Low-cost generic drug programs have large gaps in coverage for core evidence-based CVD medications: Study
A cross-sectional study of 19 low-cost generic programs (LCGPs) found that their medication coverage for six cardiovascular diseases (CVD) varied significantly between programs. Of all analyzed programs, Mark Cuban Cost Plus Drug Company demonstrated the most comprehensive coverage for all diseases included in the study. The findings are published in Annals of Internal Medicine.
Heart disease is the leading cause of death in the United States, and CVD medicines form the foundation of disease state management. However, rising prescription costs and insurance restrictions have imposed barriers to medication availability, leading to health disparities, poor patient adherence, and poor health outcomes.
To reduce cost and improve medication availability, many pharmacies have developed LCGPs to help low-income or uninsured patients gain greater access to affordable medicines. Although LCGPs all share the same purpose of improving medication availability and affordability, their formularies may vary widely.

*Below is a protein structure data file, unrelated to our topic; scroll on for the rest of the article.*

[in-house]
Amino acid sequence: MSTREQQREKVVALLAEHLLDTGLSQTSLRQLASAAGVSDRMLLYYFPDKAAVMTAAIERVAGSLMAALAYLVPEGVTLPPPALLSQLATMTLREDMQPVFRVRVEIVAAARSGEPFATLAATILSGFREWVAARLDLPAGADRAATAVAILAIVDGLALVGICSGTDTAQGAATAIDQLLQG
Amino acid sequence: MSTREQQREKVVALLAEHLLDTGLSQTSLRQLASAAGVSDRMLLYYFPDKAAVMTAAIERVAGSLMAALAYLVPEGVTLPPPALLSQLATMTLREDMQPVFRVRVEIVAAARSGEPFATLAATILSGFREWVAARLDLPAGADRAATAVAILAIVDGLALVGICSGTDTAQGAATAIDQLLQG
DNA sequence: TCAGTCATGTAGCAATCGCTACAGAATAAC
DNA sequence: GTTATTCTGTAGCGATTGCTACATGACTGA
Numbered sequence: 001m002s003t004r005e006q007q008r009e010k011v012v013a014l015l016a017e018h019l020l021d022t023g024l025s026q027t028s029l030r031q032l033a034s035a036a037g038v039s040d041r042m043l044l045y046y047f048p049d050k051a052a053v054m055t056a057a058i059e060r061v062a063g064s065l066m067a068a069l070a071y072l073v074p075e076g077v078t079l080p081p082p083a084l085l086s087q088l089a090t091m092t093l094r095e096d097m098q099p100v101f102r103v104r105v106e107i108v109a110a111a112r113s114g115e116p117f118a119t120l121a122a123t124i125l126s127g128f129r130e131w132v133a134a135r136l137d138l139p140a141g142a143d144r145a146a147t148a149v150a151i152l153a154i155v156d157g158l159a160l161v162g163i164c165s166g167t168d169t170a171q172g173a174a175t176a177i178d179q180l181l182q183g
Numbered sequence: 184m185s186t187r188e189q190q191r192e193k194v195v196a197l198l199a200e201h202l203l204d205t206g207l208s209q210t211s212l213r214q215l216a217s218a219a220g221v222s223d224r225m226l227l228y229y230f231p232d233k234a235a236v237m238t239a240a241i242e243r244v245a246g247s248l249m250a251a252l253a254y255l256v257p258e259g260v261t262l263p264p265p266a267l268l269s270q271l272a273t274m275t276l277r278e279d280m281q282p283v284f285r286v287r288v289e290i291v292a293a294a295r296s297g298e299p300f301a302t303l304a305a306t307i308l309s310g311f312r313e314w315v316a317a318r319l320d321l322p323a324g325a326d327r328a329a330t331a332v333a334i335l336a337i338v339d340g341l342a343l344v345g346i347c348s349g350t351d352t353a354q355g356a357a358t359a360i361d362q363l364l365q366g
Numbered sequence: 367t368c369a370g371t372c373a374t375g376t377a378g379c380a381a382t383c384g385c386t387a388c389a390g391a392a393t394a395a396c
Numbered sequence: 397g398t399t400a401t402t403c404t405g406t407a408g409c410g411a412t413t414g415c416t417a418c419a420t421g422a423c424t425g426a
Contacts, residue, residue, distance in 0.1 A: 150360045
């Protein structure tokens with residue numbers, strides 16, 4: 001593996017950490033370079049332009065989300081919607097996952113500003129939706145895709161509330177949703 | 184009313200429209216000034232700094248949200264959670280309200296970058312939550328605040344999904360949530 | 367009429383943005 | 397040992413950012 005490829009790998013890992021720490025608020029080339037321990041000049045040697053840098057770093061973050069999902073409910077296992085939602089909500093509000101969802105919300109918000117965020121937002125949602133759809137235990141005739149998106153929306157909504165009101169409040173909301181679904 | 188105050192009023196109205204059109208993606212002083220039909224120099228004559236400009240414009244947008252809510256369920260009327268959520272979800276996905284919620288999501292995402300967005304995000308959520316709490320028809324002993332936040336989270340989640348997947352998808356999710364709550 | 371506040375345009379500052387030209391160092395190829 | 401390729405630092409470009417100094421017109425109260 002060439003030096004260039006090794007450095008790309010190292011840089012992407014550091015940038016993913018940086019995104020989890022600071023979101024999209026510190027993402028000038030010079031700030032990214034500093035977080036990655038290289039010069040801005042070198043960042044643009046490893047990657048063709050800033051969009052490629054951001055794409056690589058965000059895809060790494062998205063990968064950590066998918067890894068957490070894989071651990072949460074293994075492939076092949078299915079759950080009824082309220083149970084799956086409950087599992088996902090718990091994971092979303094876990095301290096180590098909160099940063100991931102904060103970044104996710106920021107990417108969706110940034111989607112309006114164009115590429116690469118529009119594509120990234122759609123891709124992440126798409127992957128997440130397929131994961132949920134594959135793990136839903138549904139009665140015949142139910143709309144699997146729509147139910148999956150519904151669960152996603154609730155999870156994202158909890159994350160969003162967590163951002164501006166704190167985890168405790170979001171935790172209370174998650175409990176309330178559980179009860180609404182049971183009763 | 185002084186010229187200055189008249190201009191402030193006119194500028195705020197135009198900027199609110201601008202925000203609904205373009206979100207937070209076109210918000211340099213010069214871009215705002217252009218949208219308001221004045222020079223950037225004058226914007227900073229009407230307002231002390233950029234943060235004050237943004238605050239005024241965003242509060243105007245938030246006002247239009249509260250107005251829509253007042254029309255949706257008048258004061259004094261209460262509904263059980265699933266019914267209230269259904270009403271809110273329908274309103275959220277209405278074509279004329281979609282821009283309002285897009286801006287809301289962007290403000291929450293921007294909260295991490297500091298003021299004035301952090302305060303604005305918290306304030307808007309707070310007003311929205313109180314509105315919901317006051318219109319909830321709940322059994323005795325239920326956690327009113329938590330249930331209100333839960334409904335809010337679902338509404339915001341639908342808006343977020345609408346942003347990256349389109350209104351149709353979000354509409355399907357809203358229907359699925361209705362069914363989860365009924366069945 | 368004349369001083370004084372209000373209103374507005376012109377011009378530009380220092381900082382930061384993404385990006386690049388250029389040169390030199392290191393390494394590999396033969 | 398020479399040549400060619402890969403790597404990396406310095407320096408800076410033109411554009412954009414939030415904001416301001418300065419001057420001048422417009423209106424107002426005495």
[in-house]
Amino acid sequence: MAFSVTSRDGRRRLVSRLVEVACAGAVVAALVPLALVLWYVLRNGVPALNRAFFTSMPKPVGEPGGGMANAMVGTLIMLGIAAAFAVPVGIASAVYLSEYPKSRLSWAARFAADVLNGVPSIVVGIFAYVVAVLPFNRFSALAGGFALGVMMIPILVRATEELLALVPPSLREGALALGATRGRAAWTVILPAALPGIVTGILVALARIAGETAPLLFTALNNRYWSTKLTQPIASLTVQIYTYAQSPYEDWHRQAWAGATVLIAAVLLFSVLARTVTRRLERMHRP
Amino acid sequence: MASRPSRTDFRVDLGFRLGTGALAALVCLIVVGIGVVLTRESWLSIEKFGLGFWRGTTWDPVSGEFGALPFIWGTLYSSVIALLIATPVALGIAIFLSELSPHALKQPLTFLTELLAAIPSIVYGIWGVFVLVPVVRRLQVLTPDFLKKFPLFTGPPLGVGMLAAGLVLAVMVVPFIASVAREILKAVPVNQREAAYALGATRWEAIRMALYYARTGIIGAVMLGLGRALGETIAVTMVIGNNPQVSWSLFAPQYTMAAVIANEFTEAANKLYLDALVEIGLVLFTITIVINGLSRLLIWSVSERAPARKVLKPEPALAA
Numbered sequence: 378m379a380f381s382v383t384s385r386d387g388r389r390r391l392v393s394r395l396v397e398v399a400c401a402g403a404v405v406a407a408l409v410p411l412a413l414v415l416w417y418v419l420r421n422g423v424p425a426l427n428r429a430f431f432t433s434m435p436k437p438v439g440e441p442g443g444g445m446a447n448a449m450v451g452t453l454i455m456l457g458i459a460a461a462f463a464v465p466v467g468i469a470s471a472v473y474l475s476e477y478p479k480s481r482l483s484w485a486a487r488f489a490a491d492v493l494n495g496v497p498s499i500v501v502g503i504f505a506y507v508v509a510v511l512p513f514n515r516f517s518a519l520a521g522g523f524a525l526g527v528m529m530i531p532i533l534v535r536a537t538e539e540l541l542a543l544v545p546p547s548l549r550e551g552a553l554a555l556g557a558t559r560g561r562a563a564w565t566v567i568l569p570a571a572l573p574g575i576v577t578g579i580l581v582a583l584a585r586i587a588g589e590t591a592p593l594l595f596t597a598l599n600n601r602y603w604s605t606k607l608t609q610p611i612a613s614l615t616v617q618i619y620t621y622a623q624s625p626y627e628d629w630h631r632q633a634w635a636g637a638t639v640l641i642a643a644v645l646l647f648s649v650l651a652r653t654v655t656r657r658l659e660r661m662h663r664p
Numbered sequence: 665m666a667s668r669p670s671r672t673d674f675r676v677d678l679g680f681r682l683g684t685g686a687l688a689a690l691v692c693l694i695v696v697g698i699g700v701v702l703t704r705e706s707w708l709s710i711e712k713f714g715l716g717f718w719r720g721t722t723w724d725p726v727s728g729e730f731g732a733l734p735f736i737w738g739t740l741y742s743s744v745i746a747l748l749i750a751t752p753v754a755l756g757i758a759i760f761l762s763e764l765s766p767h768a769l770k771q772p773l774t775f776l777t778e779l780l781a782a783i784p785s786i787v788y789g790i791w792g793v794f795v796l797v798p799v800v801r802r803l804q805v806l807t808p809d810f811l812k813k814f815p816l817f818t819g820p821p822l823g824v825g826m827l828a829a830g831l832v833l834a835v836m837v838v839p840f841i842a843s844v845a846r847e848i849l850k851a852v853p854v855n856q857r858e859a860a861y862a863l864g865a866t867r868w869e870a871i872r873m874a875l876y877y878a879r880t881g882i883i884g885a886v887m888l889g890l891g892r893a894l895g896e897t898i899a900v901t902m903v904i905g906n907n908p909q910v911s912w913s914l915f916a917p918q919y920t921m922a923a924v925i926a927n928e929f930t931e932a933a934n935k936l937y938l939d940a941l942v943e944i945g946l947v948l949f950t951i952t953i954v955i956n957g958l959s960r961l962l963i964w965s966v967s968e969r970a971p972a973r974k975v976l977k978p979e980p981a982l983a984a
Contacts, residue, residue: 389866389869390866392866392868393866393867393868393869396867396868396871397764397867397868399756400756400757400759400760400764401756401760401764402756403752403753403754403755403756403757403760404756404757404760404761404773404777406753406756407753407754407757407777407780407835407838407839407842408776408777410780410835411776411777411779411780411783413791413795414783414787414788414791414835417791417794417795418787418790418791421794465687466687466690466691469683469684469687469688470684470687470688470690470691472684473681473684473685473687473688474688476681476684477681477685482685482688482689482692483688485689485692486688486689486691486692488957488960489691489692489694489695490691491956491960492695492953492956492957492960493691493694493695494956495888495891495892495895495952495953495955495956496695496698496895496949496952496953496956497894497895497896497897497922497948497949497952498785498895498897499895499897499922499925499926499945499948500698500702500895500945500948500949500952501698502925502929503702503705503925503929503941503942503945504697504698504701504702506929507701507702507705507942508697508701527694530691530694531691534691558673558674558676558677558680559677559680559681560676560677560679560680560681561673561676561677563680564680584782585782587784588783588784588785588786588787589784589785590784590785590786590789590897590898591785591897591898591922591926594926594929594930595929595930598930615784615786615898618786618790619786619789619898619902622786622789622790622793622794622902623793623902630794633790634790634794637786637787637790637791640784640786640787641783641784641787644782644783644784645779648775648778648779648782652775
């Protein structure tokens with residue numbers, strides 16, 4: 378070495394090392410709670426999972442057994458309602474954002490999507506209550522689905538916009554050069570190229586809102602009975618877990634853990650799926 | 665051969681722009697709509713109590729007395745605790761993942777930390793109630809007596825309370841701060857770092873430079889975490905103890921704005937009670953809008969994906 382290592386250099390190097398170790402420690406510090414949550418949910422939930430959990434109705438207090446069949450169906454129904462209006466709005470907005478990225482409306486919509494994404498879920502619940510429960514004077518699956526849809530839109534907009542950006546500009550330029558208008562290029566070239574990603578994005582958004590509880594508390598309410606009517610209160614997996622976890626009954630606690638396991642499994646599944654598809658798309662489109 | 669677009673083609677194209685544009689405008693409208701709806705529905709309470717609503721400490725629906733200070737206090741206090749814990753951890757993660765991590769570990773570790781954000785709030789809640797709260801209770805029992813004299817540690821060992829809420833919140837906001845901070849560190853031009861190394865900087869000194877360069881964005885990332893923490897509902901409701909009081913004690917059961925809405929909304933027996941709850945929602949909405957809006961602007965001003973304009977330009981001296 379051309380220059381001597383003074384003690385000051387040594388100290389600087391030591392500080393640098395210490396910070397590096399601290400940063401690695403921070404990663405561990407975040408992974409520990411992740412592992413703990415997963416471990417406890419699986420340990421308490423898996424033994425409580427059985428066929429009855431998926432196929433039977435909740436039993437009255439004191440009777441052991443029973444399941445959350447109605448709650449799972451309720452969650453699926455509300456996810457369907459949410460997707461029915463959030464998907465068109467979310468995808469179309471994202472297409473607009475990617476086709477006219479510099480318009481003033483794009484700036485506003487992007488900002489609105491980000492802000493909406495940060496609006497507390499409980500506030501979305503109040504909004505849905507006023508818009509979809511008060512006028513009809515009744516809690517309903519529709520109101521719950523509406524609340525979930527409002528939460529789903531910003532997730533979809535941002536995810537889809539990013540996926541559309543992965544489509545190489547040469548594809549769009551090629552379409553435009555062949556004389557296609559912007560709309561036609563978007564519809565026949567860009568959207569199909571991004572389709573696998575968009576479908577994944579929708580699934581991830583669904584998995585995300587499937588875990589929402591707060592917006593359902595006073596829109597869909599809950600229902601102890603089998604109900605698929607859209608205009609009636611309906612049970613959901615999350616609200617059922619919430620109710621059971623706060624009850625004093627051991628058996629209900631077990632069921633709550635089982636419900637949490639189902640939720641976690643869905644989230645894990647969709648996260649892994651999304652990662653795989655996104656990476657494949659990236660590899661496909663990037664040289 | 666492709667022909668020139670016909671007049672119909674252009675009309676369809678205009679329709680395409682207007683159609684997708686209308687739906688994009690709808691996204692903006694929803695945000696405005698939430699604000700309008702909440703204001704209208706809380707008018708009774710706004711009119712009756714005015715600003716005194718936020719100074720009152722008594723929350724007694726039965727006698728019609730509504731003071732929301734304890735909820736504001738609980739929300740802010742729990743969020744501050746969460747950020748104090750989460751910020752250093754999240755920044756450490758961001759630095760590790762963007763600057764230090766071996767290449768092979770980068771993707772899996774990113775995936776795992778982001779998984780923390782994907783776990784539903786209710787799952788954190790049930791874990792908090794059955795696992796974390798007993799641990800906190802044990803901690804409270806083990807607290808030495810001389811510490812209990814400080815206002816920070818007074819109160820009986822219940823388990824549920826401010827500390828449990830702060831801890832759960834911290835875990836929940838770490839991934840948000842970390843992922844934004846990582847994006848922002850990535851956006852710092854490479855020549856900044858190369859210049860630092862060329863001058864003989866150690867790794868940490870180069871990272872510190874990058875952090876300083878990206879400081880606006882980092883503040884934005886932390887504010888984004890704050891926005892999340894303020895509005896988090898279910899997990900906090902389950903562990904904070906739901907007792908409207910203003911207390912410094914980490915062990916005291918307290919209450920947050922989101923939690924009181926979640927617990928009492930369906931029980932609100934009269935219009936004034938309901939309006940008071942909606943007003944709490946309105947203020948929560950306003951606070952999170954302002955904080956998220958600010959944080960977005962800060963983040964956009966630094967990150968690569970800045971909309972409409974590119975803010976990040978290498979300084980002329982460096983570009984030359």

Researchers from Western University of Health Sciences conducted a cross-sectional study of 19 LCGPs and evaluated the proportion of programs that offered evidence-based CVD medicines within a clinical framework for 6 cardiovascular diseases, including atrial fibrillation, heart failure, hyperlipidemia, hypertension, post–acute coronary syndrome secondary prevention, and stable angina. The authors found that the availability of CVD medication varied by program, drug, and condition.
They report that LCGPs affiliated with H-E-B, Kroger, Walmart, and Mark Cuban Cost Plus Drug Company had the most breadth and choice of coverage. They also note that almost all LCGPs offered angiotensin-converting enzyme inhibitors, b -blockers, thiazides, and moderate-intensity statins, but availability was low for higher-cost or lower-use generics. The authors suggest that LCGPs should identify existing limitations in their coverage and continuously revise their formularies to improve the comprehensiveness of CVD medication coverage.
More information: Annals of Internal Medicine (2023), www.acpjournals.org/doi/10.7326/M23-0287